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Last of the Great Scouts

Death And Burial Of Turk
THIS trip of Will's covered only two months, and was succeeded by another expedition,
to the new post at Fort Wallace, at Cheyenne Pass.
Meanwhile mother had decided to improve the opportunity afforded by her geographical
position, and under her supervision "The Valley Grove House" was going up.
The hotel commanded a magnificent prospect. Below lay the beautiful Salt Creek Valley.
It derived its name from the saline properties of the little stream that rushed along its
pebbly bed to empty its clear waters into the muddy Missouri. From the vantage-ground
of our location Salt Creek looked like a silver thread, winding its way through the rich
verdure of the valley. The region was dotted with fertile farms; from east to west ran the
government road, known as the Old Salt Lake Trail, and back of us was Cody Hill,
named for my father. Our house stood on the side hill, just above the military road, and
between us and the hilltop lay the grove that gave the hotel its name. Government hill,
which broke the eastern sky-line, hid Leavenworth and the Missouri River, culminating
to the south in Pilot Knob, the eminence on which my father was buried, also beyond our
view.
Mother's business sagacity was justified in the hotel venture. The trail began its half-mile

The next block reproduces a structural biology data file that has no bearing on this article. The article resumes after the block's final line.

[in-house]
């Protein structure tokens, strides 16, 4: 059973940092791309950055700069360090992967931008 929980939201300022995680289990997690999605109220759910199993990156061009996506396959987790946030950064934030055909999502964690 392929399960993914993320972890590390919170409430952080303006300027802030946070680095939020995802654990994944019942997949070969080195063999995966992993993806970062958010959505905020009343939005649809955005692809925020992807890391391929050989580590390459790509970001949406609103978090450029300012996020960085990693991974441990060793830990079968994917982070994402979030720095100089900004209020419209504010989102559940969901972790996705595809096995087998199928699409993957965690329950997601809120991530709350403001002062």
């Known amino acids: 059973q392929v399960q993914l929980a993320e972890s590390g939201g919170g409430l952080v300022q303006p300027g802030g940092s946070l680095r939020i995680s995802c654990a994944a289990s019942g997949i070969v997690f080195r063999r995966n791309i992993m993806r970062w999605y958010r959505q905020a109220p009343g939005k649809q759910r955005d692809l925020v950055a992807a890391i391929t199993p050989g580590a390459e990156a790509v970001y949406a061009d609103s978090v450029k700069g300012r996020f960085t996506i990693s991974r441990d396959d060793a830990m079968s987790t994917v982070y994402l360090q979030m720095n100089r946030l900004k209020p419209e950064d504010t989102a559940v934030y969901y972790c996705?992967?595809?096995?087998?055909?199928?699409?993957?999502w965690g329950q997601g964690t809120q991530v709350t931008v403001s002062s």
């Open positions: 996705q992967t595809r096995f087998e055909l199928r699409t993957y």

ascent of Cody Hill just below our house, and at this point the expedient known as
"doubling" was employed. Two teams hauled a wagon up the steep incline, the double
team returning for the wagon left behind. Thus the progress of a wagon train, always
slow, became a very snail's pace, and the hotel was insured a full quota of hungry
trainmen.
Will found that his wages were of considerable aid to mother in the large expense
incurred by the building of the hotel; and the winter drawing on, forbidding further
freighting trips, he planned an expedition with a party of trappers. More money was to be
made at this business during the winter than at any other time.
The trip was successful, and contained only one adventure spiced with danger, which, as
was so often the case, Will twisted to his own advantage by coolness and presence of
mind.
One morning, as he was making the round of his traps, three Indians appeared on the
trail, each leading a pony laden with pelts. One had a gun; the others carried bows and
arrows. The odds were three to one, and the brave with the gun was the most to be feared.
This Indian dropped his bridle-rein and threw up his rifle; but before it was at his
shoulder Will had fired, and he fell forward on his face. His companions bent their bows,
one arrow passing through Will's hat and another piercing his arm--the first wound he
ever received. Will swung his cap about his head.
 
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